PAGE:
Gumbel came with strong words. He wanted to make a splash. He wanted to catch attention. Stern could've called him out on it, but instead, he lets it roll off with a simple description of it just being part of the job.
Posted on: October 25, 2011 1:21 pm
Edited on: October 25, 2011 1:28 pm
Posted by Ben Golliver.
They might stare each other down across the negotiating table, but National Basketball Players Association executive director Billy Hunter has NBA commissioner David Stern's back when it comes to allegations of racism.
Last week, Emmy-winning commentator Bryant Gumbel referred to Stern as a "modern plantation overseer" and evoked slavery in describing the ongoing NBA lockout in a nationally-televised editorial.
Hunter came to the defense of commissioner Stern on Monday in a podcast interview with ESPN.com.
"David is a hard-charger," Hunter said. "David pretty much treats everyone the same. Obviously when you've got the set up that you have, a league that is predominantly black and a group of white owners, it may take on a different color or appearance, but I don't think David is racist at all."
Hunter joined other prominent voices in the NBA community who have stood up for Stern. NBA deputy commissioner Adam Silver recently called Gumbel's editorial "outrageous" while television commentator Charles Barkley said the remarks were "stupid."
He also expressed surprise that Gumbel's commentary received so much attention. "I didn't think it was going to get any traction," Hunter said. "It was Bryant Gumbel's opinion."
The Rev. Jesse Jackson said that Gumbel's "exposed a subtext of tension" and that he "pulled the cover off a very sensitive issue." Hunter, though, made an effort to distance himself from that opinion, stating that Gumbel's accusations didn't advance the discussion.
"It's not healthy," Hunter said. "It's not healthy. It's just the nature of life in America, that's all. People make those assumptions every day. The difference is that we are on Front Street because we're very visible with professional sports, etc. People will make comments and render opinions that move their own agendas."
Asked if he considered Stern a friend, Hunter responded: "We don't socialize. We have a professional relationship, a respectful relationship. I like David. I don't dislike him as a person... The irony is, let me let you in on a secret: David and I are fraternity brothers. I was at Syracuse, he was at Rutgers but we were both members of Sammy -- Sigma Alpha Mu."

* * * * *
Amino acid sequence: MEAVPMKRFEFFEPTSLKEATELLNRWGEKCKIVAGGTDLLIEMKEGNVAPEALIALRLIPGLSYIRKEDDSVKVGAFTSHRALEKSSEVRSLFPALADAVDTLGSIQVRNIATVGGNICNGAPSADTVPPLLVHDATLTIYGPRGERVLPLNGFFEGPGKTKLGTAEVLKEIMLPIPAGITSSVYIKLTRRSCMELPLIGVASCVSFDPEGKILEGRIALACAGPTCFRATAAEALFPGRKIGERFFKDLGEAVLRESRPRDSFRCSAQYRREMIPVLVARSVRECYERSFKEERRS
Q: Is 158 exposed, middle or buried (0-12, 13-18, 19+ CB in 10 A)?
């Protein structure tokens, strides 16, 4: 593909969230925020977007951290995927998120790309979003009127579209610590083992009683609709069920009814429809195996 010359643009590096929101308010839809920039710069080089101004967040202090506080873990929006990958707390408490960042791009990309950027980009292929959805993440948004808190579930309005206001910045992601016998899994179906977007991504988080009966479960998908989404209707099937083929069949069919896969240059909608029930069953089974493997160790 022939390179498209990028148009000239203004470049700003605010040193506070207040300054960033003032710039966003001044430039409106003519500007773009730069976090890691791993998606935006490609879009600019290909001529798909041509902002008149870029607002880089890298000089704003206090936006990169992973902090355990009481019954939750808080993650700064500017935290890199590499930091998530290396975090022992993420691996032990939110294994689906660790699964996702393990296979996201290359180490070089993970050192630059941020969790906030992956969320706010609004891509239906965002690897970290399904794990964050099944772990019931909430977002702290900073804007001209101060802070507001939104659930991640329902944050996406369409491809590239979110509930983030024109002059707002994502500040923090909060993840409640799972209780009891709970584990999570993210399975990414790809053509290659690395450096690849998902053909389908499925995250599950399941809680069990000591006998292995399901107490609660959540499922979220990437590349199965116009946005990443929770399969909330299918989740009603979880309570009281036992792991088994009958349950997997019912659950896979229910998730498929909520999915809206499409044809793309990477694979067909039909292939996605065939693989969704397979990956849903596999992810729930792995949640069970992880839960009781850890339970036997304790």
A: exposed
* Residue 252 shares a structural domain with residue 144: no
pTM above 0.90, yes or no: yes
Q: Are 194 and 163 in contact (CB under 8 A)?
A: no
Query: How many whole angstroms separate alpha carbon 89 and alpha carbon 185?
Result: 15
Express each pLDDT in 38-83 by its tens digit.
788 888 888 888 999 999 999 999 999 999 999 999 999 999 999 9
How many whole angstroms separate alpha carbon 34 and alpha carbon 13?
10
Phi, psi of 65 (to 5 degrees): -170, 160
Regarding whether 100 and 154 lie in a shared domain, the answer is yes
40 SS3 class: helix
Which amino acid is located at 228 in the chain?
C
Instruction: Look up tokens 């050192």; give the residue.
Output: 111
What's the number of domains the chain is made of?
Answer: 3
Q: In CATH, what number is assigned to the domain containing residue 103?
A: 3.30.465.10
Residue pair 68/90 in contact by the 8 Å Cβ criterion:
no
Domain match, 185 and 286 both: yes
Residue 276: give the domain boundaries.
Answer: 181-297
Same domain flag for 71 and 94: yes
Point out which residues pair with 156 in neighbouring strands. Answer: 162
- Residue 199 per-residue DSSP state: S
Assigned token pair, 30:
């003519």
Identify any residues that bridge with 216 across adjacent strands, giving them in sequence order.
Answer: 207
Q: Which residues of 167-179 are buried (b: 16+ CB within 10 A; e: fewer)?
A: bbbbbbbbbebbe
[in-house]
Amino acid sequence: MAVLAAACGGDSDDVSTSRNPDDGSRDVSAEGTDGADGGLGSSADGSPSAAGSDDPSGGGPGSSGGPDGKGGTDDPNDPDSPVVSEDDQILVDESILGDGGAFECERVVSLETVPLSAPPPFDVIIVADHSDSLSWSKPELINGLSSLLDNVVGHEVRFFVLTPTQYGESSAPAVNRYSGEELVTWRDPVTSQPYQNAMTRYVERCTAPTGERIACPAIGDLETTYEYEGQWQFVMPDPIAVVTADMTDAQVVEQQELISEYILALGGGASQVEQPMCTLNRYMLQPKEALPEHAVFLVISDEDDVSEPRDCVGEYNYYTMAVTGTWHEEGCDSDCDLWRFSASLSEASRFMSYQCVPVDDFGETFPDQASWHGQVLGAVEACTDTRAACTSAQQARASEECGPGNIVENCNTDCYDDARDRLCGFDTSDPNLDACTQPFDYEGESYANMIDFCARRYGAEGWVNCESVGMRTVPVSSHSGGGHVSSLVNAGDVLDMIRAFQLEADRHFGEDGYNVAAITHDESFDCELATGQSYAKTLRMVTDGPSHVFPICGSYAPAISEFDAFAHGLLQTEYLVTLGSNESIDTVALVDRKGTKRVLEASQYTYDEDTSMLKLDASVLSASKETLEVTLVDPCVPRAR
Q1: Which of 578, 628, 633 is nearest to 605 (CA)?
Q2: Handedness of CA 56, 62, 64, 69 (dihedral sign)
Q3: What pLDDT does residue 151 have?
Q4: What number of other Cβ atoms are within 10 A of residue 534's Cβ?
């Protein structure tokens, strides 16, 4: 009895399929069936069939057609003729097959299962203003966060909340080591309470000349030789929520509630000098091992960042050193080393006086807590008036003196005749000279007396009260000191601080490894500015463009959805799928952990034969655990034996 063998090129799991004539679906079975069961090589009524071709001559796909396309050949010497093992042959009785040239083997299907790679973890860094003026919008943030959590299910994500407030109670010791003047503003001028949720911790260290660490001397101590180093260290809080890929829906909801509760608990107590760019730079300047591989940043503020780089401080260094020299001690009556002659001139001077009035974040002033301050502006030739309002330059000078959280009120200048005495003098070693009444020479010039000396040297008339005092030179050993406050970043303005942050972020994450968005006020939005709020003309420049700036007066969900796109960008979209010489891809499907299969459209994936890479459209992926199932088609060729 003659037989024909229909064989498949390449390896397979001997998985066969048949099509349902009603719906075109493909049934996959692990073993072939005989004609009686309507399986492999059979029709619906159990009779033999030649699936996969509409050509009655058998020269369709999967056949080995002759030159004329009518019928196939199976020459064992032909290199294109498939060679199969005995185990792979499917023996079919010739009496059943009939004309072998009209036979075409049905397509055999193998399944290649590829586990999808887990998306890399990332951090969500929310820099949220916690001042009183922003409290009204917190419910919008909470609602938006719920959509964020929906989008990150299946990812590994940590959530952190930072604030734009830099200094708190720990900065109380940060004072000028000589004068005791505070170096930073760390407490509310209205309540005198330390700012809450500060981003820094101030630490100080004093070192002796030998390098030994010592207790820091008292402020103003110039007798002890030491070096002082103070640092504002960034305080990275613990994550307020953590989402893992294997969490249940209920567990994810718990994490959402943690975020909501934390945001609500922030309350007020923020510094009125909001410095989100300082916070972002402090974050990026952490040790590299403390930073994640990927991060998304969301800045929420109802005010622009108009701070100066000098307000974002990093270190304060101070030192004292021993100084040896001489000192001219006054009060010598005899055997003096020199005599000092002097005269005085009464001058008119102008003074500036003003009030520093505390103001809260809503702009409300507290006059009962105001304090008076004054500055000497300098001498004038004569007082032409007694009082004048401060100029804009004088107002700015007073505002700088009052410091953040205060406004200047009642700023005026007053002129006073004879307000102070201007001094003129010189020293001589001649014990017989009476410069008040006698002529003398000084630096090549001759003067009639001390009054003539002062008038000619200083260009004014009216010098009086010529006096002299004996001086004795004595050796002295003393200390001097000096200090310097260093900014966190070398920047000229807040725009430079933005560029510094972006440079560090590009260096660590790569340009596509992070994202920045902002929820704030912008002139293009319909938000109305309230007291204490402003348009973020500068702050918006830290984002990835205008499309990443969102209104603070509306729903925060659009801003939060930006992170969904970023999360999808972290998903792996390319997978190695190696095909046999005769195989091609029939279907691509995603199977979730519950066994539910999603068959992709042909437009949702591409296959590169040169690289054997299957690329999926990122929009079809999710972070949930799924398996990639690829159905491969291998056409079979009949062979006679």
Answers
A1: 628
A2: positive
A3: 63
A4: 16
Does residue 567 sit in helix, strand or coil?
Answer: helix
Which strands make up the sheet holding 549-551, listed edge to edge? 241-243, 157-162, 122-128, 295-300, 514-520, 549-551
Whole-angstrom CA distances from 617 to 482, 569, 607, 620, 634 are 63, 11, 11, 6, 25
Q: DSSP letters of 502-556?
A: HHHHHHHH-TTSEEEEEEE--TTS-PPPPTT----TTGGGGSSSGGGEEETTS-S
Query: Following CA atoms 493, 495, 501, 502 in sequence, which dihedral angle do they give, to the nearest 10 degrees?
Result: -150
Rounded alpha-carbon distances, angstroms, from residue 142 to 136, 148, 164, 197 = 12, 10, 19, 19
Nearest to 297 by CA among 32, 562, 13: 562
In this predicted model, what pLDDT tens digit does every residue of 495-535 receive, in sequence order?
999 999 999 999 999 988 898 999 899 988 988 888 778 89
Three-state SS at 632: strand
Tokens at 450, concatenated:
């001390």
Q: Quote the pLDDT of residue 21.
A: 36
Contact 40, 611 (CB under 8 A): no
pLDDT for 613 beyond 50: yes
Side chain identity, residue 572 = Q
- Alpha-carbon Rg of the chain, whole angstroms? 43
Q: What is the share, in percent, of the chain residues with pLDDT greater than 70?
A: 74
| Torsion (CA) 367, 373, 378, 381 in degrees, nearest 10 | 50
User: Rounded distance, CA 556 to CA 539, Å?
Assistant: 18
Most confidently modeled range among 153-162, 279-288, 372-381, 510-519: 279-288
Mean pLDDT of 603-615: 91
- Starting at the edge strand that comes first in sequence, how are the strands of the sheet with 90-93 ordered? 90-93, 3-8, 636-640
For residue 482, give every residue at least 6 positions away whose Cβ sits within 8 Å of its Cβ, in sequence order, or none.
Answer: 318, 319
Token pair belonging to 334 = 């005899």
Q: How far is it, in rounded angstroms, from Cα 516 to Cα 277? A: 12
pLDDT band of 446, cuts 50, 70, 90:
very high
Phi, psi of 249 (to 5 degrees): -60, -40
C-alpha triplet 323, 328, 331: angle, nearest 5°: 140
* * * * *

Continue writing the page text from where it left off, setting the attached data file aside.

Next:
Posted on: October 22, 2011 6:33 pm
Posted by Ben Golliver.
There is no better indication that a situation has reached a crisis than when reporters start phoning the Reverend Jesse Jackson.
Love him or hate him, Jackson has a firmly established reputation as a go-to voice when it comes to natural disasters, police brutality and, now, the NBA lockout.
The Washington Post contacted Jackson to get his response to what has been arguably the ugliest week the league has seen in years. NBA commissioner David Stern was called a "modern plantation overseer" by Emmy-winning television commentator Bryant Gumbel and the league's labor negotiations broke down on Thursday amidst direct, nationally circulated charges of lying and greed by the players against the owners.
Jackson's stance was clear: the league is reaching a point of no return and that Gumbel and Stern needed to mend their fences.
“I hope it doesn’t degenerate into names and language that’s hard to take back once it’s started,” Jackson said from his Chicago office late Thursday afternoon. “If it goes down this road, that could amount to irreparable damage. If it goes away from labor negotiations, things could become irretrievable.”With the federal mediation process failing so spectacularly, it's unclear who will emerge to effect what will need to be a Great Compromise between the owners and players. Putting the acrimony from last week into the rearview will not be an easy process, and it will become even more difficult if and when Stern needs to announce further cancellations of regular season games, something that could come at any time.
The hits to the players' pocketbooks, in the form of lost game checks, are coming right around the corner. Nobody likes to have money taken out of his pocket. How will the players as a whole react? And, then, how will that reaction evolve if the owners continue to refuse to bend in the negotiations?
It's quite possible that Jackson is correct in stating that the negativity is just beginning and major damage could be dealt over the next few weeks and months.
Posted on: October 20, 2011 1:49 pm
Edited on: October 20, 2011 2:16 pm
Posted by Ben Golliver.
With his boss under attack and sidelined due to illness, the NBA's No. 2 man decided to punch back.